By Steve Chao in Asia
To the tourist, who has booked a vacation paradise, it is easy for him or her to never see the political turmoil that has gripped the tropical nation of the Maldives.
Upon arriving at the capital’s airport, sun seekers are often whisked away on private boats or charter jets to distant resorts on some of the country's 1200 remote islands.
Even as the unrest has spread beyond the capital of Male, it has mostly taken place on the larger islands, like Addu city, home to some 30,000 permanent residents.
There, police stations, courthouses and other government buildings were burned, as the island’s first democratically elected president, Mohammad Nasheed, announced that he was forced to resign, essentially at gunpoint, by the military in a "coup".
It is a claim the military firmly denies. At a recent press conference, the military’s spokesperson, First Lieutenant Ibrahim Azim, pulled me aside to stress that they only warned Nasheed, in a private meeting, that if he did not step down there could be bloodshed on the streets.
Two very different stories, and who to believe?
Already, Nasheed's vice-president, Mohammad Waheed Hassan, has been sworn in as the new leader of the country. He has called for a coalition government made up of the factious political parties.
Hassan also dismisses claims that there was any coup, saying Nasheed overstepped his authority and that ultimately was his downfall.
There is no question that the former President’s decision to order the military to arrest the Chief Justice of the Criminal Court, in January, for refusing to proceed in a court case against a government critic, sparked international condemnation.
But were the street protests calling for his resignation over the matter reflective of the majority?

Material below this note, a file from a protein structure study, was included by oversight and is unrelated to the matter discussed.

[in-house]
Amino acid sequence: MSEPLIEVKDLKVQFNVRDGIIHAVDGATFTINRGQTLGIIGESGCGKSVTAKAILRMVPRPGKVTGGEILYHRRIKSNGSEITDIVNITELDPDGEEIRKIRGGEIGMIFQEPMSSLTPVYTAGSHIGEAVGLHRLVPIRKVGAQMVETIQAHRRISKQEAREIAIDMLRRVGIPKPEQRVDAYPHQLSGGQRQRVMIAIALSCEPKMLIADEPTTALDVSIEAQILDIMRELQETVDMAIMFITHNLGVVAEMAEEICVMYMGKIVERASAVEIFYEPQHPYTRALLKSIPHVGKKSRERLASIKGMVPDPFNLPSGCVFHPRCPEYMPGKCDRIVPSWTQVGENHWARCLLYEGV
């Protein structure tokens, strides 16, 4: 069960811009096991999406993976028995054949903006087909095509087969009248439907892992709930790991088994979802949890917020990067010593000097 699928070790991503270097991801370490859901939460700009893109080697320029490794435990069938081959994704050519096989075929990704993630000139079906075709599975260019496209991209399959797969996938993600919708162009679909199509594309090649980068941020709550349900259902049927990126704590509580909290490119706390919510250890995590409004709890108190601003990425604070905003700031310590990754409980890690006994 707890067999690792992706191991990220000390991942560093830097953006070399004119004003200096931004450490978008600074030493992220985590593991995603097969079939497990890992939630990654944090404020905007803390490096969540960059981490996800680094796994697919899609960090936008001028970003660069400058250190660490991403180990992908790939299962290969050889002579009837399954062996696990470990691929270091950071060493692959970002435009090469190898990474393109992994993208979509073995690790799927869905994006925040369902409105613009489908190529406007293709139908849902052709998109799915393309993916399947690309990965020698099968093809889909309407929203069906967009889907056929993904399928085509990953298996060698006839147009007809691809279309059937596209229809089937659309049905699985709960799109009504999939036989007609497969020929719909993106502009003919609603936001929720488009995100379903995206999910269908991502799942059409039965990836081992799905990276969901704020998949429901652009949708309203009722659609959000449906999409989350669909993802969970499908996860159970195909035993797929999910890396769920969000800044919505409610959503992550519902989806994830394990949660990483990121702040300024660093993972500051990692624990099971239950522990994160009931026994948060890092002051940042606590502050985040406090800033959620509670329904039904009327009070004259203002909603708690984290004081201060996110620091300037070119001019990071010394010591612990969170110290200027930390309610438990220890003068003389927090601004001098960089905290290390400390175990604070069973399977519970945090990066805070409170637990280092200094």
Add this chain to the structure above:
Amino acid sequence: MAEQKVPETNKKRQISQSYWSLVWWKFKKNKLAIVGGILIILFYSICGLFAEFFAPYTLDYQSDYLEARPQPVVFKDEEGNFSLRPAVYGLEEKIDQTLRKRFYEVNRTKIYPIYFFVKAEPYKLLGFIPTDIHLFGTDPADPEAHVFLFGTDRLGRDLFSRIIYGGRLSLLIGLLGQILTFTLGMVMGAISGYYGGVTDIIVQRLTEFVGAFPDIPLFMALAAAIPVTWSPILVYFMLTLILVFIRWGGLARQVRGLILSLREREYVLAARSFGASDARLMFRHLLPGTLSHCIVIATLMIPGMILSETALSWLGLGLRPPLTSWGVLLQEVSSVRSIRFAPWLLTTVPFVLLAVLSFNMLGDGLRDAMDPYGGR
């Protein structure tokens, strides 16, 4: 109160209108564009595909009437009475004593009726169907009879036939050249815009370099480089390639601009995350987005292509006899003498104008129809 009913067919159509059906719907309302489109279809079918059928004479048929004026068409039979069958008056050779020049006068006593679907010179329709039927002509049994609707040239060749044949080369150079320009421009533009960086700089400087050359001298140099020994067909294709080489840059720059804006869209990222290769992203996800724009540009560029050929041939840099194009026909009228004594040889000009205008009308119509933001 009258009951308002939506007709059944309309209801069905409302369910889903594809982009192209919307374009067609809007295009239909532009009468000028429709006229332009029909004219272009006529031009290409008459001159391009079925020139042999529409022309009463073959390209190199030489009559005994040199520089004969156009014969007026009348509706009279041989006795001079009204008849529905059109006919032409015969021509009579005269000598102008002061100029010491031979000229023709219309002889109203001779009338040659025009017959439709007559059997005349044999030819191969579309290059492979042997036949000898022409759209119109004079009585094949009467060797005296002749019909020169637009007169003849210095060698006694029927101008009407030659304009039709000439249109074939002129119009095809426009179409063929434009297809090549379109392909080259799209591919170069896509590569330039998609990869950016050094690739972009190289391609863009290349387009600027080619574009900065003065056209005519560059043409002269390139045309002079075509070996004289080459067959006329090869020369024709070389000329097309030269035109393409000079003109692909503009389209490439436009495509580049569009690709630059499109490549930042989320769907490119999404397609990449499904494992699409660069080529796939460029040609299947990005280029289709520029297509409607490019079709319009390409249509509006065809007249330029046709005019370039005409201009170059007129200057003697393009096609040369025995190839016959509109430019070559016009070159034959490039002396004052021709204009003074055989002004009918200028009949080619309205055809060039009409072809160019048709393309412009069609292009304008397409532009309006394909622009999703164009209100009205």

Was it justified for sections of the police in the Maldives to take the side of these protestors, followed by sections of the military?
Nasheed and his party, the Maldives Democratic Party (MDP), believe it was all a well-orchestrated plan by remnants of the old “dictatorship” to “seek revenge” and unseat them.
That is certainly what he alleges in an opinion piece published in the New York Times newspaper, warning those involved in the Arab Spring, that the Maldives serves as an example that hard fought freedoms in a fledgling democracy could be undermined by the same powers that were toppled.
Whether that is in fact what has happened may not matter.
Calls for international help, by the MDP, have largely been rebuffed. While Britain has sent a diplomatic delegation to speak to all parties, neighbour India has said it believes this is an “internal” matter for the Maldives. Calls for UN troops to step have so far been turned down.
Other political parties say that Nasheed is crying over sour grapes. They accuse him of “acts of terrorism” and trying to mount an “insurgency”, by stirring the people to violence in order to regain control.
“Acts of terrorism” and “insurgency” are highly loaded words.
Nasheed, who has often been called the "Mandela of the Maldives", warned upon stepping down that he believed certain powers would try and find reasons to silence him before an upcoming election in 2013.
An arrest warrant, issued for him, he says, is the first step towards this [no one at the moment is saying just what the charges are against him]. There were high hopes in 2008 when the Maldives held their first free and democratic elections. Nasheed was the international darling at the time. A former political prisoner, he was credited for ushering in many of the reforms.
At Nasheed’s family home, where we met him as he awaited being taken away on the latest charges, he told us he was preparing for yet another long stint behind bars.
The military says it has swiftly restored order and that the situation will calm in the next few days.
“The most important thing is to protect the economy, and ensure that tourism, our most vital resource is not threatened. That is good for all our citizens,” said the military spokesperson Azim.
But political observers, along with Nasheed himself, say that as it stands, civil war is not outside the bounds of possibility. At that point, no vacationer, or island, however remote, will remain unaffected.
- Originally published by AlJazeera under Creative Commons License